Tea or instant coffee can be used to create an ‘aged’ look to your handmades. I like to use Lipton tea or Maxwell House instant coffee.  Put a kettle on to boil. Add 5-6 teabags (depending on the appearance/depth you’d like to achieve) or several tablespoons instant coffee into a bowl, add water and allow to steep. You can use the tea bags to blot your item to be ‘aged’ or submerge the entire item into the cooled bath water. Gently squeeze out excess water/towel blot. Pre-heat oven to lowest setting (about 170 degrees F) and place items on a cookie sheet and into the oven with the door slightly cracked. Check your piece often until desired effect is achieved! Viola! Instant heirloom!

My sachets are filled with lavender and a touch of flax-seed (about 1 tablespoon). The flax-seed makes them feel great…nice and squishy! They stack nicely and look pretty tied in a bundle for a gift and look great tossed in a bowl together.  HINT: Save a 1/2 gallon or  smaller plastic jug, cut off the bottom and use the ‘top’ half as a funnel!  

A few more benefits of scented sachets:

They make a great hostess gift
Linens smell fabulous when used in a linen closet
Freshen your car or office
Display near your bed or toss under your pillow to aid in sleep
The scent lasts and lasts, just give a squeeze to release heavenly scent
Toss in your yarn stash as a natural moth repellent
Freshen your closet and clothes or toss in the dryer


Lavender is one of the most treasured herbs. It is loved for its rich aroma and garden beauty.  An effective medicinal herb, it helps relax and revitalize. A favorite herb for bath & laundry since Greek and Roman times. For fiber enthusiasts, a natural moth repellant! English lavender, Lavandula augustifolia, hardiest of the species, is most often used in cooking.


Lavenders want well drained soil, good air circulation, and as much sun as possible to promote flower production. Lavenders prefer neutral to alkaline soil. In humid climates, coarse sand worked-in around the crown will help the plant dry out. Lavenders require no feeding, though an occasional dressing of low-nitrogen organic fertilizer will make your plants happy. 


Lavender can be pruned in the early spring or in the fall (not too late so as to give plants time to harden off before winter). Generally speaking, trim plant by one-third, keeping the typical mound shape of the plant. If you do not plan to harvest the flowers, then a light pruning just after flowering, will be sufficient to promote new growth. Cut each flower stem back to the first or second pair of leaves.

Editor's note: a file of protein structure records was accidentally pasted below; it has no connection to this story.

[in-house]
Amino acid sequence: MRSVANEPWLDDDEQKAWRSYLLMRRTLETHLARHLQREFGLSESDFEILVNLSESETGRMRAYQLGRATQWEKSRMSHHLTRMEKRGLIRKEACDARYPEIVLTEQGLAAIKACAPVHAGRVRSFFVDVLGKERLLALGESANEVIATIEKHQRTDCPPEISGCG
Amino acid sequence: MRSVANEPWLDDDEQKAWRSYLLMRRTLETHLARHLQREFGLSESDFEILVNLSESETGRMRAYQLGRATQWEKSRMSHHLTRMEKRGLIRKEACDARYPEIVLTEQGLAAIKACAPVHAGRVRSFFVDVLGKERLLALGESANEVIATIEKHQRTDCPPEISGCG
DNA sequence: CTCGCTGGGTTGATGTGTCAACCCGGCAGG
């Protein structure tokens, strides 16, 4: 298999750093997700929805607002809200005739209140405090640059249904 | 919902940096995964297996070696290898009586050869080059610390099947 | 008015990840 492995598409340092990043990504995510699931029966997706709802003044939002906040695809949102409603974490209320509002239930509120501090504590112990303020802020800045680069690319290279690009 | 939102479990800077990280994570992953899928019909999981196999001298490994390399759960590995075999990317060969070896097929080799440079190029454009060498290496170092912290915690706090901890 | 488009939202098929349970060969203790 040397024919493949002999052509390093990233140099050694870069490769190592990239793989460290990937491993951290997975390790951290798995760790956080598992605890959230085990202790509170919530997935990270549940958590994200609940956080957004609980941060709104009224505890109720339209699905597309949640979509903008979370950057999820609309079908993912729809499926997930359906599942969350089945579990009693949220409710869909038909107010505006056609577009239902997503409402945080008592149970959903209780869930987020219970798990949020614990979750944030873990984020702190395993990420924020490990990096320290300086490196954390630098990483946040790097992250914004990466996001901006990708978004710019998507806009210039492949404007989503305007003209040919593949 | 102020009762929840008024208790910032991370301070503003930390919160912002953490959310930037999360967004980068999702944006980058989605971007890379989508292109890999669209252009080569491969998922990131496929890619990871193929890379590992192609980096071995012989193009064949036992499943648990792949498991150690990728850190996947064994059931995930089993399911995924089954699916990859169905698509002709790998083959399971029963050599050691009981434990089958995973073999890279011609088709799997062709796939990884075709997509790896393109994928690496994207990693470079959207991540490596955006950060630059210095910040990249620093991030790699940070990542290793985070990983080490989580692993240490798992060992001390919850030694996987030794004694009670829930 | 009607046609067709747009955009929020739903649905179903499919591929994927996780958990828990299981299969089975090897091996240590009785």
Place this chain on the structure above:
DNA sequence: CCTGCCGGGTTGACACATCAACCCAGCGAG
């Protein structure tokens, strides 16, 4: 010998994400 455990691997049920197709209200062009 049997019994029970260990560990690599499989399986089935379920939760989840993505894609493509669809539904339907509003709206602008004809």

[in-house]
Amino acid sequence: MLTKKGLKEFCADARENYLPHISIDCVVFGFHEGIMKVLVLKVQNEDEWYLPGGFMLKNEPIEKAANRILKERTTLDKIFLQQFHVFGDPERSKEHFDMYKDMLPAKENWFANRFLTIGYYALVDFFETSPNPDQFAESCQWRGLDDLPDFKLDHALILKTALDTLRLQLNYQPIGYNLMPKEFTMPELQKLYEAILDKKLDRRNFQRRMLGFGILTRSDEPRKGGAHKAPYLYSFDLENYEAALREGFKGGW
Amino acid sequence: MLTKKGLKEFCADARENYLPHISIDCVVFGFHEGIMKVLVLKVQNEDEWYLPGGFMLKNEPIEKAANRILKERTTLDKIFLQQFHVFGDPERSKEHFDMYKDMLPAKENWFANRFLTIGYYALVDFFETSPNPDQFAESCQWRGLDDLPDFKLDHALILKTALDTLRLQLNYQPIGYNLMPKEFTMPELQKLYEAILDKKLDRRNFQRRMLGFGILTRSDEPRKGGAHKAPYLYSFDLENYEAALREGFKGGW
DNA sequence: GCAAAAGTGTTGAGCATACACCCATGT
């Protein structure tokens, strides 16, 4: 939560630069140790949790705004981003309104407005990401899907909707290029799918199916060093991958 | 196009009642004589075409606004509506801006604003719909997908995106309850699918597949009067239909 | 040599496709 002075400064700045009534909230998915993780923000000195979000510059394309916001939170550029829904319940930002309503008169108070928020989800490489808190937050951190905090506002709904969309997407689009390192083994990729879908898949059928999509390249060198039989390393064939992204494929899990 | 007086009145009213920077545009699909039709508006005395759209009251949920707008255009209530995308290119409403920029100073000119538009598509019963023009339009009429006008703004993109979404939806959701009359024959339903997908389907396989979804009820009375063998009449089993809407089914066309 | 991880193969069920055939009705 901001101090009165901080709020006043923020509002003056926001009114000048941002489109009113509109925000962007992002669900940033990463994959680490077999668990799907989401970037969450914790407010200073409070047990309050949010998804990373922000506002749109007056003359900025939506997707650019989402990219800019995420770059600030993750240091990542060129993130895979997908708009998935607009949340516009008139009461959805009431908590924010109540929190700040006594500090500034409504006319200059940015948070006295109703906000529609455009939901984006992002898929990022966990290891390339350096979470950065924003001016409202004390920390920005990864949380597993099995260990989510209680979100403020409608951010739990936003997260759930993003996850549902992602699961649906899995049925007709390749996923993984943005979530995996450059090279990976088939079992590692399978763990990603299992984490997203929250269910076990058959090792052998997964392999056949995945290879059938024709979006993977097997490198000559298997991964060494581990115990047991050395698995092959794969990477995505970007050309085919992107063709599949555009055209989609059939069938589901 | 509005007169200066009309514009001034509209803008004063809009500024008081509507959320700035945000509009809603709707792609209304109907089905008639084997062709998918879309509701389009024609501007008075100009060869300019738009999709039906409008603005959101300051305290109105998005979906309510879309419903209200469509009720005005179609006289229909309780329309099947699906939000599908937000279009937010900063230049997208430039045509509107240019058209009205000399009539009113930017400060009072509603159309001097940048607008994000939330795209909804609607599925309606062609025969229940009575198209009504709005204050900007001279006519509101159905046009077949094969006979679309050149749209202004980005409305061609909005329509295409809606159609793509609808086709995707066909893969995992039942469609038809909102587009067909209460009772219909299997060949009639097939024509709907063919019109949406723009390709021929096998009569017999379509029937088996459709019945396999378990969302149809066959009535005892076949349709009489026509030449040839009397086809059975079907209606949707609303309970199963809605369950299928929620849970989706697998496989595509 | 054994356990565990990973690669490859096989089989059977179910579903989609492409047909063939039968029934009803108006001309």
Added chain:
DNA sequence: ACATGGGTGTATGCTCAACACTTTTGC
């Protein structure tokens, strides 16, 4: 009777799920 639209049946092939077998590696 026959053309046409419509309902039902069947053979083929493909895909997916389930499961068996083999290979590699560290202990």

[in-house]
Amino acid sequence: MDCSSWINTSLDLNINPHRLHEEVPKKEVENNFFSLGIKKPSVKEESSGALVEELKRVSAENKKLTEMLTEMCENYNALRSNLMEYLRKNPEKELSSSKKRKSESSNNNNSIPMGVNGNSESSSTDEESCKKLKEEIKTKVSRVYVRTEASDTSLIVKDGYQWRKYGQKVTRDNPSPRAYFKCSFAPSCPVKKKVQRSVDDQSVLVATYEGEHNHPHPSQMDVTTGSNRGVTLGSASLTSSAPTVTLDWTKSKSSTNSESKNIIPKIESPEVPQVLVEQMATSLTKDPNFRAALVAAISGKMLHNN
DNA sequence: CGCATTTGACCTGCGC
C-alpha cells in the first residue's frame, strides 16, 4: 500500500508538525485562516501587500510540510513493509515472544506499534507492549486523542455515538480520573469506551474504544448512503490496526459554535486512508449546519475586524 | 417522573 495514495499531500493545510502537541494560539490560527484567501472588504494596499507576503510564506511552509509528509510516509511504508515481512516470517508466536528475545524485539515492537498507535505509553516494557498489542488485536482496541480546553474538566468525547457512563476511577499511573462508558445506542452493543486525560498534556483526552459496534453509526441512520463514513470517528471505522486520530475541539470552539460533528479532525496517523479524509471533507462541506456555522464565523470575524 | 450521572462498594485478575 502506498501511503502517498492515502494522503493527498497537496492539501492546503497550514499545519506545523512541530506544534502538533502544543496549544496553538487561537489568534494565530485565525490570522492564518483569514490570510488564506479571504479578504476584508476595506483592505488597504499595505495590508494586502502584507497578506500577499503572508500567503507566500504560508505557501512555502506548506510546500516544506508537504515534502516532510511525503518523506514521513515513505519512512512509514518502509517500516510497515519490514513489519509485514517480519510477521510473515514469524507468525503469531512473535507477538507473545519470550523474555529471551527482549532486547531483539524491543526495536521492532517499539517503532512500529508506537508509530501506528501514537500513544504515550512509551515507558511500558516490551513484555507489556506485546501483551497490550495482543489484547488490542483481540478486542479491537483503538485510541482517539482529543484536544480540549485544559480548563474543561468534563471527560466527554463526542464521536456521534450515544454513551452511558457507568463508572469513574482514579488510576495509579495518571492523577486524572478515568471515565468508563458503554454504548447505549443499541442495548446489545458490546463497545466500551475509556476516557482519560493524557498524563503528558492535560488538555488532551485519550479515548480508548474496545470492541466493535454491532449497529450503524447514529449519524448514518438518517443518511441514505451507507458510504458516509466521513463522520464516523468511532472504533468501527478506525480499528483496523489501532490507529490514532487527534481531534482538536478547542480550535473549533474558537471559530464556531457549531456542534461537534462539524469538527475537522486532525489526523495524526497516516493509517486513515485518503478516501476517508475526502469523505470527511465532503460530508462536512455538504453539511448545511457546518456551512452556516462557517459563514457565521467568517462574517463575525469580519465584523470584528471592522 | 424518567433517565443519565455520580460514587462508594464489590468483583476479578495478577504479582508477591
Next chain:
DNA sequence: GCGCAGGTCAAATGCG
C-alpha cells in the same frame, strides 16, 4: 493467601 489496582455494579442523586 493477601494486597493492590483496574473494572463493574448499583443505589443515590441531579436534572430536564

sun + warm = spring fever

I’ve been working in the shop the past few days. Cleaning, cleaning, cleaning. Tossing all the holiday greens (treats for the goats and sheep), making way for Spring. It was 100 degrees F in the greenhouse before noon…by the time I opened the door to allow the radiant heat to penetrate and warm the shop.

I know there’s still snowdrifts galore, and no sign of ‘green’ anywhere, but I think I’m coming down with a touch of spring fever! My latest project list confirms my suspicions…I’m making lots of bunnies, topiary forms and sweet herbal sachets! Here’s a sneak peak…I’m not nearly done ~ actually only just begun! I’ll explain HOW-TO’s in a few days. Perhaps share a bunny pattern too for those not gifted with drawing ‘free-hand’?

 I like simple, prim-looking sweet herbal sachets…to scent a drawer, a closet, tuck under the pillow or scent a room! They are wonderful to make and fill with all the dried goods from the herb garden. Most herbs do very well by just hang-drying: make a small bundle and secure the stems with a rubberband. Hang from a peg (flower side down) out of direct sunlight  for a couple of weeks. When dry, you can store as a bundle, or garble the leaves and store in a dark airtight container.

I’ve got several projects in the works…as usual! Hope you enjoy your day!